Saturday, September 3, 2011

The Brilliance of Bouchon

Tucked away on the 10th floor of the Venetian Resort, Hotel, and Casino is Bouchon. American chef, restaurateur, and cookbook writer Thomas Keller helms Bouchon, which opened at the Venetian in 2004. After great success—multiple awards from the James Beard Foundation, Michelin Guide, and Restaurant Magazine—with his landmark Napa Valley restaurant The French Laundry in Yountville, California, he joined forces with his brother Joseph (currently owner/chef of Josef’s in Las Vegas). Together, they opened the Yountville location of Bouchon in 1998, subsequently opening the Las Vegas location in 2004 and the Beverly Hills location in 2009. Keller explained that “Bouchon is based on [his] memories of the amazing bistros [he] would frequent while traveling in France, such as Chez Paul and Hugon, where they serve meals almost family-style in very small dining rooms. Oftentimes the husband cooks and the wife greets and serves. First courses, headcheese, or a charcuterie plate may be passed from table to table. These neighborhood places serving simple, traditional dishes in a home-like atmosphere provided the model for what [he] hoped to create in Yountville.”

“Bouchon” is actually a term describing a type of restaurant found in Lyon, France, known for serving traditional Lyonnaise cuisine. Dishes are commonly quite fatty and heavily oriented around meat, such as sausages, duck pâté, or roast pork. Not all the dishes at Keller’s Bouchon are overrun with lipids, fortunately. His goal was to showcase his favorite French bistro food at a restaurant more casual than The French Laundry, where he could “explore and deepen the culinary heritage that [he] admires so much.”

The meal began with bread and butter. This was no ordinary bread and butter, though. The epi bread was shaped like a shaft of wheat, its leaves easy to peel off and consume. It was perfectly crusty on the outside, light and chewy on the inside. Each bite was imbued with flavor. It reminded me of the amazing baguettes I ate every day when I visited Paris; I thought I wouldn’t be able to find this type of bread anywhere outside of France! The butter, served in a ramekin, was top-notch. Its rich, creamy taste and texture paired perfectly with the bread. They were also accompanied with pistachios warm from the oven, a way of cooking the nuts that had never occurred to me before. (From now on, I’ll always pop my pistachios in the microwave for 20 seconds!)

My dining companion and I shared the appetizer special, a Dungeness crab salad. The crab was mixed with only the barest hint of crème fraiche and chives. You could tell this was practically pure crabmeat. The mixture was piled high in a glass container and topped with a smooth avocado puree, then served on a wooden board accompanied by roasted tomatoes, toasted brioche, and more crème fraiche and avocado puree. The different textures and flavors worked together seamlessly. Our waiter suggested using the salad as a spread on our toast points, so spread we did! The crab was extremely fresh; the two other ingredients in the “salad” only helped bind the many shreds and pieces of crab together and hardly detracted from the overall straight-from-the-sea flavor. With the brioche as a baseline, the avocado provided creamy depth and the tomatoes left a smoky, acidic punch.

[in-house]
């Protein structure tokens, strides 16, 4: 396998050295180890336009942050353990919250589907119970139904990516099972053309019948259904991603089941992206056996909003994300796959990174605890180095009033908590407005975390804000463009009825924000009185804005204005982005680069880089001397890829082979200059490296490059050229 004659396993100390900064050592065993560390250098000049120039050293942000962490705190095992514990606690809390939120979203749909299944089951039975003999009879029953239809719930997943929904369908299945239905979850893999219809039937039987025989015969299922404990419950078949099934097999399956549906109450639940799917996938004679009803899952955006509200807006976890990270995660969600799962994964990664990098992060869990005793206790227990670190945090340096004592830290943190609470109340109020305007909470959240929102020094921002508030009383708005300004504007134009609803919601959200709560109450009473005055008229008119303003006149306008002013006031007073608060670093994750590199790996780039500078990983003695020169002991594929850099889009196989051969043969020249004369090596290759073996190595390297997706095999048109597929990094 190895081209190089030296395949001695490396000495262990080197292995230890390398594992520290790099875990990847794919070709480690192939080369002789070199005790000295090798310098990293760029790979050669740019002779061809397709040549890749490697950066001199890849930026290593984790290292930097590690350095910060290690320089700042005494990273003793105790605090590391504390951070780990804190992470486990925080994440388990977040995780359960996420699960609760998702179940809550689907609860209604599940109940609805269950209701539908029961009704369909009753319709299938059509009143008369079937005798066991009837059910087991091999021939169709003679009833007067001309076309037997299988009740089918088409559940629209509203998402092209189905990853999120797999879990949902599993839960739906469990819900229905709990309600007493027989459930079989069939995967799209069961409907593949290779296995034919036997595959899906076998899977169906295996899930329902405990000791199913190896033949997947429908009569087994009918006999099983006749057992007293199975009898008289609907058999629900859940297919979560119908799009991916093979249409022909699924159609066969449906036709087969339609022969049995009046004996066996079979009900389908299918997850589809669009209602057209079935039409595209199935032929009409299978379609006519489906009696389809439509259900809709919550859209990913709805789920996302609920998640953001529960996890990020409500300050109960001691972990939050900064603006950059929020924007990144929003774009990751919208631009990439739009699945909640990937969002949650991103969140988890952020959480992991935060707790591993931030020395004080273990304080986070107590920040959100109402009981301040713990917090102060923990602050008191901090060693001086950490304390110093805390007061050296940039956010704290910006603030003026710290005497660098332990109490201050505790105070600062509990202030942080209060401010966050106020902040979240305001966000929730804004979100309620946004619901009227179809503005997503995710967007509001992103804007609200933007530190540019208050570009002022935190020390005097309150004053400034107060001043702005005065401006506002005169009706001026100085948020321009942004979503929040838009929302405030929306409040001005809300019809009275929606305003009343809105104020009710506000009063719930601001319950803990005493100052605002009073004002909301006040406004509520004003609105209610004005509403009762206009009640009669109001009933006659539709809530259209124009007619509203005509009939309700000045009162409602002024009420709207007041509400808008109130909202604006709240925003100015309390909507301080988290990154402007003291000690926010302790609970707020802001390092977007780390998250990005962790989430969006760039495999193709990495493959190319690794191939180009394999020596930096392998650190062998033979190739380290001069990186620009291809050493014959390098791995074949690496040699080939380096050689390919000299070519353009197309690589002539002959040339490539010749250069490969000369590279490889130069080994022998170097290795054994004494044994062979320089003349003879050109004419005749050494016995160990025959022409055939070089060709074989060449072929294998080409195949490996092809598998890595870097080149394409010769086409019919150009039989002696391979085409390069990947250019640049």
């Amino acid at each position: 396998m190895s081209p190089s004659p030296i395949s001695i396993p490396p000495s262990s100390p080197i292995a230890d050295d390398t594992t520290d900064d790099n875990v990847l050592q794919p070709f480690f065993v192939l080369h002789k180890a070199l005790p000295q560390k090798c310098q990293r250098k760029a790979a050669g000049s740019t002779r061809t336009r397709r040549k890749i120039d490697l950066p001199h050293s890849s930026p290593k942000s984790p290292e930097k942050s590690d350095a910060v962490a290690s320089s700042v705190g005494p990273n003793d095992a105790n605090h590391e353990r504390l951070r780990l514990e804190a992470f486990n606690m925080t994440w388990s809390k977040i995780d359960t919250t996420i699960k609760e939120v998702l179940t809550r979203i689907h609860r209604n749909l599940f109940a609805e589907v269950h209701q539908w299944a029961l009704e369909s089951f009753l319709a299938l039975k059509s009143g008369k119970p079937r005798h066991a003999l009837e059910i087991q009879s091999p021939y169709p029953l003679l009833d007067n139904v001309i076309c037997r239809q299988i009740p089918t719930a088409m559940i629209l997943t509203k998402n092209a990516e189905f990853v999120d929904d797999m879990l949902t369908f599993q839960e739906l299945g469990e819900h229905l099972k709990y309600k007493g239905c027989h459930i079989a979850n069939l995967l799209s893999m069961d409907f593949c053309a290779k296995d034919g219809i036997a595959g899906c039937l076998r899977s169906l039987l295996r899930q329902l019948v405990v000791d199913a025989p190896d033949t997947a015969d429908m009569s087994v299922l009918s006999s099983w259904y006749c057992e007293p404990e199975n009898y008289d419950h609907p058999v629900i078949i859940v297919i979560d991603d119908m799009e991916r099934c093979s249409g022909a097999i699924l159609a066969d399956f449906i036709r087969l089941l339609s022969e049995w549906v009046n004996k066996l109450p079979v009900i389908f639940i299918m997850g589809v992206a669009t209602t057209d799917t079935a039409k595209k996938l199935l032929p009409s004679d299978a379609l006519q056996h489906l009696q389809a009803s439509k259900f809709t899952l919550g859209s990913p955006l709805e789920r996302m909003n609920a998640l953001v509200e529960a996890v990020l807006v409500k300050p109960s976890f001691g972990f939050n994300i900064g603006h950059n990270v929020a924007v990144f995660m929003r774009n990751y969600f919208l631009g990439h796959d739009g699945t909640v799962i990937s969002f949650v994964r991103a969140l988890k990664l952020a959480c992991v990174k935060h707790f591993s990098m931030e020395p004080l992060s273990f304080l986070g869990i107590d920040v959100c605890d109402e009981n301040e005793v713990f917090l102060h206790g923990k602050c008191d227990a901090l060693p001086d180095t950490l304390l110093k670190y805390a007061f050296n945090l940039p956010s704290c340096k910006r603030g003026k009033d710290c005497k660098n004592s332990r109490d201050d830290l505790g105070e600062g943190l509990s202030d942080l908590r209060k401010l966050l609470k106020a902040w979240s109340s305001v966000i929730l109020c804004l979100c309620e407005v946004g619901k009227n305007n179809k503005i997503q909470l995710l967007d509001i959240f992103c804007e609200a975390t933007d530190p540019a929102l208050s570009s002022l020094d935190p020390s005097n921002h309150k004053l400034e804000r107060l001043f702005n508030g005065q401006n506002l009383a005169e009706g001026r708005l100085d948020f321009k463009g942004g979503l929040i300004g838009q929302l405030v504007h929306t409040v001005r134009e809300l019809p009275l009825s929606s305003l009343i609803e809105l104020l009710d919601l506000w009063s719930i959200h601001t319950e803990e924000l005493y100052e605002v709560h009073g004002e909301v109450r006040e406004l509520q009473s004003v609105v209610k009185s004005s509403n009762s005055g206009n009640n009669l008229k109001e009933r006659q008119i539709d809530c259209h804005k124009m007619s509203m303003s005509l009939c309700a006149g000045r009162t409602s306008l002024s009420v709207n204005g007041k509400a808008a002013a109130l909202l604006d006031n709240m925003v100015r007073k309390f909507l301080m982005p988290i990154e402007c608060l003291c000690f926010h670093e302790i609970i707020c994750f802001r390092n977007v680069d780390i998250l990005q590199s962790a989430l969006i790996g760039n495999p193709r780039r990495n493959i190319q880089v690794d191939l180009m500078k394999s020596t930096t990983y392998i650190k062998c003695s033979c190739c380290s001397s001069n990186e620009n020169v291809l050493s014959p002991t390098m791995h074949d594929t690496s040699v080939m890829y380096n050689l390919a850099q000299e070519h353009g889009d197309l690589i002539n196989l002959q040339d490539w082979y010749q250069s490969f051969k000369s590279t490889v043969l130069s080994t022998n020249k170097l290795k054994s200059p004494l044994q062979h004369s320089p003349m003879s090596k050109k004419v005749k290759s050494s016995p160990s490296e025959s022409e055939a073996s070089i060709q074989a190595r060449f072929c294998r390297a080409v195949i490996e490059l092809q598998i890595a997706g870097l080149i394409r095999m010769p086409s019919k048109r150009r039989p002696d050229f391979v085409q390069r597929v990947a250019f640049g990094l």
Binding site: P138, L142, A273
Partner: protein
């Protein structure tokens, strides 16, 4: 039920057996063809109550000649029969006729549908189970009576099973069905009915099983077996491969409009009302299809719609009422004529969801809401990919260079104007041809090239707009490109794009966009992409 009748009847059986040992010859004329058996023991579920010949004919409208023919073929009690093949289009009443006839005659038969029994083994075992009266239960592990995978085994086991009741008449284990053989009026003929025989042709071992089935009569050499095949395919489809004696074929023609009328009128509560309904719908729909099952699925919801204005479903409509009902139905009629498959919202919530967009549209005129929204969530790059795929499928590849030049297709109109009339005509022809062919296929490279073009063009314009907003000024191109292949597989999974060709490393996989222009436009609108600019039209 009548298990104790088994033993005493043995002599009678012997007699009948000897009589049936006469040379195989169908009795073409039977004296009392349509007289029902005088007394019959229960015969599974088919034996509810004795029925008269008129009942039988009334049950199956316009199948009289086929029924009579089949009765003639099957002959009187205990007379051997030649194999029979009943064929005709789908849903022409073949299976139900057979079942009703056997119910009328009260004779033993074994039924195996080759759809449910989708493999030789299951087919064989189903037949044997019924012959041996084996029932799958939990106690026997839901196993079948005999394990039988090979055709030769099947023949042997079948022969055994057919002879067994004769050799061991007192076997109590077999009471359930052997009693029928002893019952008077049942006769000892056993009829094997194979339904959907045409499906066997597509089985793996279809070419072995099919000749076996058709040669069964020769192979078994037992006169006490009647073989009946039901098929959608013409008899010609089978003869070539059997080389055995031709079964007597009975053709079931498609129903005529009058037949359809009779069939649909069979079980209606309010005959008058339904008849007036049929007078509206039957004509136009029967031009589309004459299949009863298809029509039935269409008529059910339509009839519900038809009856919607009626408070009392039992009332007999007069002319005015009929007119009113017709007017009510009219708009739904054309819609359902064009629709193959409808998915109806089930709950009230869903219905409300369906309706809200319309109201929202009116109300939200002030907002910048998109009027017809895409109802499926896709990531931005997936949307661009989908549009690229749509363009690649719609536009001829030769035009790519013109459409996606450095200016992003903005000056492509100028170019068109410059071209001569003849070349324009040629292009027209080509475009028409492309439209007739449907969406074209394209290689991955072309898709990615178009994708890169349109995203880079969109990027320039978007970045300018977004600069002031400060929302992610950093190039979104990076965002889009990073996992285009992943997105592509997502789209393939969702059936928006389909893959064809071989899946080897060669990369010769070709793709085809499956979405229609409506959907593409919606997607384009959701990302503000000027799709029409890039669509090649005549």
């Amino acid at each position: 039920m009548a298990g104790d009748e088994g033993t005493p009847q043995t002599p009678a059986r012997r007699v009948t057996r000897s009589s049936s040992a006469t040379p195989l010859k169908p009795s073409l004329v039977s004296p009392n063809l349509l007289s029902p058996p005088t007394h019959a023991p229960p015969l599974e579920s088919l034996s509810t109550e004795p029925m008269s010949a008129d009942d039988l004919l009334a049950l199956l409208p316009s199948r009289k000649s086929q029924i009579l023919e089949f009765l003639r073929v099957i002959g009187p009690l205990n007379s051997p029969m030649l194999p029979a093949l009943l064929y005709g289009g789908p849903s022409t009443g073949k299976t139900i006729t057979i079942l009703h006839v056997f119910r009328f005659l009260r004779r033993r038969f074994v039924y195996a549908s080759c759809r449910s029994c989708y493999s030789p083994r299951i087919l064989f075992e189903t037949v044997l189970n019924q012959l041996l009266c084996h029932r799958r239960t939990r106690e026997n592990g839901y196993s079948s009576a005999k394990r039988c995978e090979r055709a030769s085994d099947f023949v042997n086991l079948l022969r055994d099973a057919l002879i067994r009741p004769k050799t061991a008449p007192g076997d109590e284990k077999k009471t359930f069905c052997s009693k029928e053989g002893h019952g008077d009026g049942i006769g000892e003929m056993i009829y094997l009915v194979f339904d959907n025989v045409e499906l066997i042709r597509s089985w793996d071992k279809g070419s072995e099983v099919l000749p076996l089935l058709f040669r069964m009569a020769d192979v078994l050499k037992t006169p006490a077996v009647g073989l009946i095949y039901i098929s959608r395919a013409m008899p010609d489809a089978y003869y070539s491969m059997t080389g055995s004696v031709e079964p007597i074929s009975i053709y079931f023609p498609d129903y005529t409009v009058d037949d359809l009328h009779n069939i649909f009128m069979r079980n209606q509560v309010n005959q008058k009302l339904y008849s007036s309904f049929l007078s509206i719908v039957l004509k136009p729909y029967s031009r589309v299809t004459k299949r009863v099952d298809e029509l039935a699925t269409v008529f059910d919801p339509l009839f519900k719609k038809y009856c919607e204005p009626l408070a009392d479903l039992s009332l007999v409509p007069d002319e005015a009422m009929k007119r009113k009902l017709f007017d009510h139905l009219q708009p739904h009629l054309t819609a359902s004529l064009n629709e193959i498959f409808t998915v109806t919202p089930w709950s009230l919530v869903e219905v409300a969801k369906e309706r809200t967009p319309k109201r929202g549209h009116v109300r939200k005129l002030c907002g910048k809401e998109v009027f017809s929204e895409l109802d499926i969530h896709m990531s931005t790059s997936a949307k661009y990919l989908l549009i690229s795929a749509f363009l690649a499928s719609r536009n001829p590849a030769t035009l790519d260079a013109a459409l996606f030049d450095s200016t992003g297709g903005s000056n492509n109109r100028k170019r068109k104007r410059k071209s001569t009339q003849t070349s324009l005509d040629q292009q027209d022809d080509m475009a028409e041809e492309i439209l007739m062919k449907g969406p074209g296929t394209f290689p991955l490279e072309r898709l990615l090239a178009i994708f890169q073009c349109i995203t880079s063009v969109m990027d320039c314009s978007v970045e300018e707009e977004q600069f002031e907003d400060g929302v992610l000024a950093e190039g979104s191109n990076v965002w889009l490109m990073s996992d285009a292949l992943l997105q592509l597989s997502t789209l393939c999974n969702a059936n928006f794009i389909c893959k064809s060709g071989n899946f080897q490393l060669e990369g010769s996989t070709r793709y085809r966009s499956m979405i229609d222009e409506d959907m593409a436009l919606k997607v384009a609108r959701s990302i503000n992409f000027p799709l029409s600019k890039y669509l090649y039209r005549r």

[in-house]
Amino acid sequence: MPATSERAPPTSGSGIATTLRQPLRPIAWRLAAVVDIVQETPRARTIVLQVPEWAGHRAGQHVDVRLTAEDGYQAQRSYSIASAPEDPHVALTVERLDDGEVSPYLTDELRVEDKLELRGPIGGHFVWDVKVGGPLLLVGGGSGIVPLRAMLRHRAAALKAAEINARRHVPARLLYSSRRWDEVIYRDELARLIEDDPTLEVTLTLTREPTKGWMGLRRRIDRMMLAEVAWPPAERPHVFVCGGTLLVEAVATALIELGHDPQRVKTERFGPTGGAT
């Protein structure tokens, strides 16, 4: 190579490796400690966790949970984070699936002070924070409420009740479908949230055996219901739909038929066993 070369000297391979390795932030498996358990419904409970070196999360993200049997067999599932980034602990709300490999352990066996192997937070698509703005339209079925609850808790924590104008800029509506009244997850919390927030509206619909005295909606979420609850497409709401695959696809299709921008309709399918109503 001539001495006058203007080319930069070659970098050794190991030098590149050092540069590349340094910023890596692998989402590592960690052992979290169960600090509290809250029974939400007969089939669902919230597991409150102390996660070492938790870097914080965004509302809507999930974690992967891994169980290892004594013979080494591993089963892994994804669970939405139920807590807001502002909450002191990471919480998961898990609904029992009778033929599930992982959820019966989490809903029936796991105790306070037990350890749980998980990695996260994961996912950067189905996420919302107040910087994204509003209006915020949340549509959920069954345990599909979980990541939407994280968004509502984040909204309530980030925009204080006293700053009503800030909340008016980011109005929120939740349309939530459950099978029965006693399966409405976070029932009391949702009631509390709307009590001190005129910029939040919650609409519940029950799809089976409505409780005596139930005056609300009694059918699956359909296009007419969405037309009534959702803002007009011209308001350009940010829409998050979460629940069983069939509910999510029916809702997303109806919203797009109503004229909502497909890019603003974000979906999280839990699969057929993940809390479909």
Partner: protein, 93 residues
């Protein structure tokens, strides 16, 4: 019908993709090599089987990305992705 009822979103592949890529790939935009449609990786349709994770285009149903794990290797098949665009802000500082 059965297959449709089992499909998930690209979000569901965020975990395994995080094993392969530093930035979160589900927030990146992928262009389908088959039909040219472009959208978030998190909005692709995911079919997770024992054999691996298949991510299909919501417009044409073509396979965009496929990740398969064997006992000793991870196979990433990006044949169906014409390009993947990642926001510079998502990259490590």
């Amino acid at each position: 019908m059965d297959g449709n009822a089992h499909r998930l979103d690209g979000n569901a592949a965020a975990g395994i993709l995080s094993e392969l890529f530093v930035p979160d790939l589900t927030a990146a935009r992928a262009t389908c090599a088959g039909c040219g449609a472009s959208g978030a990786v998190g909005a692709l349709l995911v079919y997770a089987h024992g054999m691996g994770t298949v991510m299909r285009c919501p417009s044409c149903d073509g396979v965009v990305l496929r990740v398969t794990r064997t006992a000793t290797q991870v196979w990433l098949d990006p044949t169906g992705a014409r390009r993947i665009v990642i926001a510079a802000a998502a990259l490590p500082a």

At last, our entrees came! I went with the special of the day, a skirt steak served with English peas, turnips, eggplant frites, and cheese fondue. The meat was incredibly tender and sliced as easily as butter. It was absolutely succulent, oozing with juices and rich with flavor. The seasonings used, although simple, were just the right amount and accentuated the savory beefiness of the meat. (My mouth’s watering just writing about it!) I didn’t care for the eggplant frites so much (each was about the size of a string cheese stick and rather plain in taste compared to the rest of the fare) nor the cheese fondue (although velvety, it was too thin and didn’t adhere to the frites very well). However, the rest of the food we dined on more than made up for that little hiccup. My companion went with steak-frites, classic French bistro fare. I can honestly say that these were the best French fries I’ve ever eaten. Thinly cut—practically shoestring—and salted just enough to draw out the potato’s natural flavor, the fries had the perfect crisp exterior with a soft interior that melted in your mouth. The pile served with her dish towered over her steak (quite the impressive feat), so I was quite happy to help her demolish the stack. She quite enjoyed her steak as well, a pan-seared prime flatiron topped with caramelized shallots and a thick round pat of maître d'hôtel butter.

We didn’t have room for dessert, although I wish we did! The menu included sweet offerings like Marquise au Chocolat (dark chocolate mousse with burnt orange cream), Ile Flottante (meringue with vanilla crème anglaise, almond, and caramel), and Profiteroles (filled with vanilla ice cream and drizzled with chocolate sauce). Luckily, they have a related kiosk downstairs known as Bouchon Bakery, which serves up breakfast treats (i.e. croissants, pain au raisin), lunch offerings (i.e. sandwiches, quiches, salads), and after-meal treats (the true stars of the place! i.e. French macarons, tarts, éclairs, chocolate brownie-like bouchons). Their oatmeal raisin and double chocolate chunk cookies are phenomenal. Needless to say, we frequented the bakery many times during our stay in Las Vegas.

Our Bouchon experience was unforgettable. From the refined brasserie interior to the impeccable service to the wonderful food, this special place is worthy of its acclaimed recognition.

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